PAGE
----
- Arts and Design
Chinese Watercolour: Plum Blossom
Nation Flower of Taiwan
Plum blossom, and therefore plum trees, originated in the south of China near the Yang-tze River. They were later introduced to Japan, Korea, Taiwan, and around the world. On 21st July 1964, it was announced that the plum blossom had been chosen as the official national flower of Taiwan, the Republic of China. Plum blossom was especially chosen for its resilience and ability to overcome adversity. The three stamens represent Sun Yat-Sen's Three Principles of the People, while the five petals stand for the five branches of government.
As the National Flower of Taiwan, the plum blossom is prominent in many places, including on currency of the Republic of China, in popular paintings, on company logos, on jewellery, mugs, in poems and printed on fabrics and many other articles.
In Taiwan there is a popular song about plum blossom and the tune has also been rearranged into The Plum Blossom March.
Symbolism of the Plum Blossom
Because of the facts that it flowers in winter and that the tree can live for over a hundred years, it symbolised resilience in the face of adversity and also longevity. The trunk and branches of older trees are often twisted and gnarled and are likened to a dragon. It is also claimed that plum blossom symbolises strength, hope and faith as it is the first flower to bloom in winter, thus giving hope that Spring is not far away. As well, it is prized for its delicacy and beauty as the pale flowers emerge before the leaves.
Sprays of plum blossom are often used for decoration in people's homes at the time of the Lunar New Year.
The Four Chinese Gentlemen
This is the third of my articles that explain about Chinese watercolour painting and the four Chinese Gentlemen or Nobles that represent the four seasons. The plum blossom represents Winter, as it will often flower while there is still snow on the branches.
For the black paint you may wish to use ready made tube watercolour, but it is much more pleasurable to make the paint in the traditional way, grinding the ink stick with a little water on the ink stone. Make it to the darkness and thickness that you require, but for Step One it needs to be fairly pale as the petals are delicate. This traditional paint is very useful as it does not fade in light, in fact many ink paintings have survived for thousands of years. Once it is dry it does not smudge or dissolve when water is applied to the rice paper, either.
Decide where you will place the branch and twigs and, with a fairly dry brush, paint in the petals and buds along these imaginary lines. If you charge your brush with too much liquid, it will spread out on the paper and you will not have clean lines for your petals. Remember that the plum blossom has five petals, but that the flowers may be facing in different directions.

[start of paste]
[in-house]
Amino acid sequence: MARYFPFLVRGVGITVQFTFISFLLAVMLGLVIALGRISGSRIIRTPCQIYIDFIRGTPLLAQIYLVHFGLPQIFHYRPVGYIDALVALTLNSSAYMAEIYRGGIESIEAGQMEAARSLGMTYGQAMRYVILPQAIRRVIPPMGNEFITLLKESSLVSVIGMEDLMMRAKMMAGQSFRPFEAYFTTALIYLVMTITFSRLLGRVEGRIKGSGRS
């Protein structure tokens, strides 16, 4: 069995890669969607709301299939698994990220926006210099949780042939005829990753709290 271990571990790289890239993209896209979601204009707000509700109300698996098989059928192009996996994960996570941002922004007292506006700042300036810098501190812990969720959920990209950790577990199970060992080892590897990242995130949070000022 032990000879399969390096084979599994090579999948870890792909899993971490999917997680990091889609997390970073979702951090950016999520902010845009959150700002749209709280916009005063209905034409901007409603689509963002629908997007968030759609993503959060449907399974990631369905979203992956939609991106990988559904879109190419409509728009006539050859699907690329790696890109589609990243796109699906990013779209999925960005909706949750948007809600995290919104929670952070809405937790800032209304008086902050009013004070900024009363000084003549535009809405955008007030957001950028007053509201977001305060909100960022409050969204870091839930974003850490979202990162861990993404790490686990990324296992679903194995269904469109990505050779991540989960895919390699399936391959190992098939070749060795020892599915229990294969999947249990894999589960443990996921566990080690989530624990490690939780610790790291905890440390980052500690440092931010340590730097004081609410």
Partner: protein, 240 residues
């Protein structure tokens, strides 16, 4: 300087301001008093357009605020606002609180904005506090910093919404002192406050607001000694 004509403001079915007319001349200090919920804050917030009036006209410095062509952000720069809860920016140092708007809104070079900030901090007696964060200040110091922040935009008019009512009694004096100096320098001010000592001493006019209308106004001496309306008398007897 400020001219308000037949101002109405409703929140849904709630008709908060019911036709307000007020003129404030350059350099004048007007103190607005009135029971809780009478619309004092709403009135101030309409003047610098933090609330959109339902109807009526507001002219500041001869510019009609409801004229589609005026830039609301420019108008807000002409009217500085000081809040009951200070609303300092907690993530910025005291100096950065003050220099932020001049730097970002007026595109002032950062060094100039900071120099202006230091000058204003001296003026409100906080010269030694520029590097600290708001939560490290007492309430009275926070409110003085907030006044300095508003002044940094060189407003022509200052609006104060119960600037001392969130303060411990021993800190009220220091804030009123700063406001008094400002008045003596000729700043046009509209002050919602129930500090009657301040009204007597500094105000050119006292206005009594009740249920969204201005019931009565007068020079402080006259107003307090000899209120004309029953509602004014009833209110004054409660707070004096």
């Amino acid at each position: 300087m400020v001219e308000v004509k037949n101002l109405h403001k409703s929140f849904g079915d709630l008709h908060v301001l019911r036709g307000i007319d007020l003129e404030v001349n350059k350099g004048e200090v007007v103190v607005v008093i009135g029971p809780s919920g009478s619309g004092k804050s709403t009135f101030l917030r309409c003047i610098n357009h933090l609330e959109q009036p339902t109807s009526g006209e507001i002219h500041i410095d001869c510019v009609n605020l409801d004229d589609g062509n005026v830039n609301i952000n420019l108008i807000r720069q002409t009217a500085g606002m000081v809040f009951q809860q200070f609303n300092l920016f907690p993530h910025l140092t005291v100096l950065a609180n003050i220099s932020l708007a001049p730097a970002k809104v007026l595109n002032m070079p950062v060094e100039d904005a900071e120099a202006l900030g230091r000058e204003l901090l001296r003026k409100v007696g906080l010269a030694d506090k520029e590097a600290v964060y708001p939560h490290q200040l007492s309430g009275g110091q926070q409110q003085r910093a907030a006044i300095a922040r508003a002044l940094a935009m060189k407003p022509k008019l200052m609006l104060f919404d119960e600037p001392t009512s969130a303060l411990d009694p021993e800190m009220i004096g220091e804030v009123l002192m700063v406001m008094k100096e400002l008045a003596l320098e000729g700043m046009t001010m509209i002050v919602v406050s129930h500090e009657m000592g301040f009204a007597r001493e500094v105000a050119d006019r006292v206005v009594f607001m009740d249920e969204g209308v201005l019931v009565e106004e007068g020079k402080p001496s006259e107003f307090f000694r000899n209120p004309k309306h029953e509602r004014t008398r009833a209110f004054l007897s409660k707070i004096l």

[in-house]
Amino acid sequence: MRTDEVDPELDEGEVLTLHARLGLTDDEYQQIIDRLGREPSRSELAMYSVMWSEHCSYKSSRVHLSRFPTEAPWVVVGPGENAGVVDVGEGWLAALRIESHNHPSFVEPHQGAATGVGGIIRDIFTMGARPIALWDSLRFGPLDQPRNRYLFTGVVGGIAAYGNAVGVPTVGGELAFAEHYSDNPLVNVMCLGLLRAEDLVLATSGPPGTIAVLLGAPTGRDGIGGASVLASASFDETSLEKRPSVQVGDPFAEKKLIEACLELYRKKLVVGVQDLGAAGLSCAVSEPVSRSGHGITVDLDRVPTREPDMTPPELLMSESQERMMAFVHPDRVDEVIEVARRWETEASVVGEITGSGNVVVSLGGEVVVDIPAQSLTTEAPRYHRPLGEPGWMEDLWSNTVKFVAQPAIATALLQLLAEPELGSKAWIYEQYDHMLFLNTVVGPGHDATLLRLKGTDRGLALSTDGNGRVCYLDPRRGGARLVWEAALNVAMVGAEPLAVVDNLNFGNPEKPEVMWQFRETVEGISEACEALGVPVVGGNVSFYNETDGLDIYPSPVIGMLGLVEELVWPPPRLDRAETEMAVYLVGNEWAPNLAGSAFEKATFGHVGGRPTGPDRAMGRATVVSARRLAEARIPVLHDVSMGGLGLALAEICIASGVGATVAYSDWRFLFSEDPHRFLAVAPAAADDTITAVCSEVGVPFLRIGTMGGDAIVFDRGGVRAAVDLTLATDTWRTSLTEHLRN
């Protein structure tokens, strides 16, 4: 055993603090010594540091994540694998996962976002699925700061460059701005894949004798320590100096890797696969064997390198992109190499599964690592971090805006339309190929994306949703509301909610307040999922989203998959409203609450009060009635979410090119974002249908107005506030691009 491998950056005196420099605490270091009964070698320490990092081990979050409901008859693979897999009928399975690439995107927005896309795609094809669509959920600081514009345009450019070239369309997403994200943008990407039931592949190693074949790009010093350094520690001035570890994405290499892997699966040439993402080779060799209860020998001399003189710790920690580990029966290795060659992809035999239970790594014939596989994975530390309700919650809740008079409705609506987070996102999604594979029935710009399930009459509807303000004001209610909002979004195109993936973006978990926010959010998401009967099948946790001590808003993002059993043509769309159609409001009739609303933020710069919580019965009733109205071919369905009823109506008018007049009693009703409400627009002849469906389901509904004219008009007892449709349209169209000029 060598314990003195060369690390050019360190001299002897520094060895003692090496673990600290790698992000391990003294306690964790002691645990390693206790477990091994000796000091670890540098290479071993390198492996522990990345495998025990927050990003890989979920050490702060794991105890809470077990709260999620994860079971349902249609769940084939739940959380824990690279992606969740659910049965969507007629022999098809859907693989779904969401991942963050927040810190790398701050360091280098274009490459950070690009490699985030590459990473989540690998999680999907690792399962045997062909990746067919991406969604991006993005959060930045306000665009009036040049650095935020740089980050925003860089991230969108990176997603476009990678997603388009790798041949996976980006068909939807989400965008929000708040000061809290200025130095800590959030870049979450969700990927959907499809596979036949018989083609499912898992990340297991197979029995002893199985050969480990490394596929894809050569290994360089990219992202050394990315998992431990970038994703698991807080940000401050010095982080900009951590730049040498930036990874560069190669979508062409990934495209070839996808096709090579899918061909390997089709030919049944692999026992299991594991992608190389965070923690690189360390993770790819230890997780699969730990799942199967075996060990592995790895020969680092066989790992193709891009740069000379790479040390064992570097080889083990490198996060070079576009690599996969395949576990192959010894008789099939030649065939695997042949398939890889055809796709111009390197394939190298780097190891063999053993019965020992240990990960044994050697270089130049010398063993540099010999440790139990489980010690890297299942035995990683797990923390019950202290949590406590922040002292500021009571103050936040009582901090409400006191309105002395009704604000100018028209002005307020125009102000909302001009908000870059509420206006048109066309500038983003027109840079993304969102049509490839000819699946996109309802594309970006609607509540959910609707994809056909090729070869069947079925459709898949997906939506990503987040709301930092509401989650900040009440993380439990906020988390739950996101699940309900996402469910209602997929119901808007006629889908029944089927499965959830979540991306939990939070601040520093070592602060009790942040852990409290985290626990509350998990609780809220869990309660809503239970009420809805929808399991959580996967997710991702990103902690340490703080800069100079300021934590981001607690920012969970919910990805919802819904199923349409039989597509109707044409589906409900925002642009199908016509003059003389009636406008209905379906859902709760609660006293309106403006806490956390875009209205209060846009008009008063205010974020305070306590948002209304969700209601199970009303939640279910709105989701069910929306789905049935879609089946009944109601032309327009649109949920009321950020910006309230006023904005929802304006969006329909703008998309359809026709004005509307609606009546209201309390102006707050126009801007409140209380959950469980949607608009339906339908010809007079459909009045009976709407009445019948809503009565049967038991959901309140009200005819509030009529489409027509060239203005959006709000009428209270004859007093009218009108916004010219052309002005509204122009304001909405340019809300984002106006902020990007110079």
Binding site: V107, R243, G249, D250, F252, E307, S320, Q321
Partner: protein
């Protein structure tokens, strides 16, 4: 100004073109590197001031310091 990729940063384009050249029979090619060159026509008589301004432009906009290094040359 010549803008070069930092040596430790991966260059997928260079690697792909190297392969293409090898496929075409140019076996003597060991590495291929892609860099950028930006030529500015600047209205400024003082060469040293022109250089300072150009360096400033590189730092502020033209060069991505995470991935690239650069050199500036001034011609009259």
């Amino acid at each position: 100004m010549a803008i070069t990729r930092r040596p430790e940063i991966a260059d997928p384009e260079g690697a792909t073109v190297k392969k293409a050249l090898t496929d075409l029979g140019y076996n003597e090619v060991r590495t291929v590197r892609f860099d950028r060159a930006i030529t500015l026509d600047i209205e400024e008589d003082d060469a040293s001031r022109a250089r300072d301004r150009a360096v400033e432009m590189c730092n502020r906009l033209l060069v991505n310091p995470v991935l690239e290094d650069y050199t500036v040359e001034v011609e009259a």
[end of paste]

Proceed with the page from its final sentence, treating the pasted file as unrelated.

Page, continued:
Now you can grind more of the ink stick and make the paint darker. If you wish, you can add a touch of yellow, perhaps Cadmium, to the black. Interestingly, this makes them a dark green.
- Still without touching the paper, except with the brush, paint in the branch, the twigs and the sepals, the dark petal-like shapes that hold the flower and buds to the stems.
- Add suggestions of leaves that may be about to burst open.
- Finally, make a small dot in the centre of each flowers that is facing you.
Although the plum blossom has only three stamen, they are often painted traditionally with any number that fit artistically within the flower. The whole painting may be made simply with the ink stick paint, but often Chinese watercolour tubes are used, as in the painting above.
Choose a very fine brush, charge it with yellow and paint in the fine filaments, all around for the plum blossoms facing you and around the petals of others facing away and even in some of the buds that are just opening. If you are using ink stick paint, keep it fairly pale for the filaments and again keep the brush fairly dry so that the paint does not run.
The same brush may be used for the anthers, but here use an orange or red paint, unless you are using only the ink stick paint. In that case, make the anthers darker.
What do you think?
Do you prefer the traditional Chinese way of painting plum blossom?
An Untraditional Way
Of course, you can paint in an untraditional way if you prefer more colour in your painting. The example below shows a painting that has been done in a similar manner as the plum blossom painting, but bright colour has been used. It can be attractive, but I still prefer the delicacy of the traditional painting as it is not all painted, but rather suggested.
Whatever you choose for your painting - have fun and enjoy!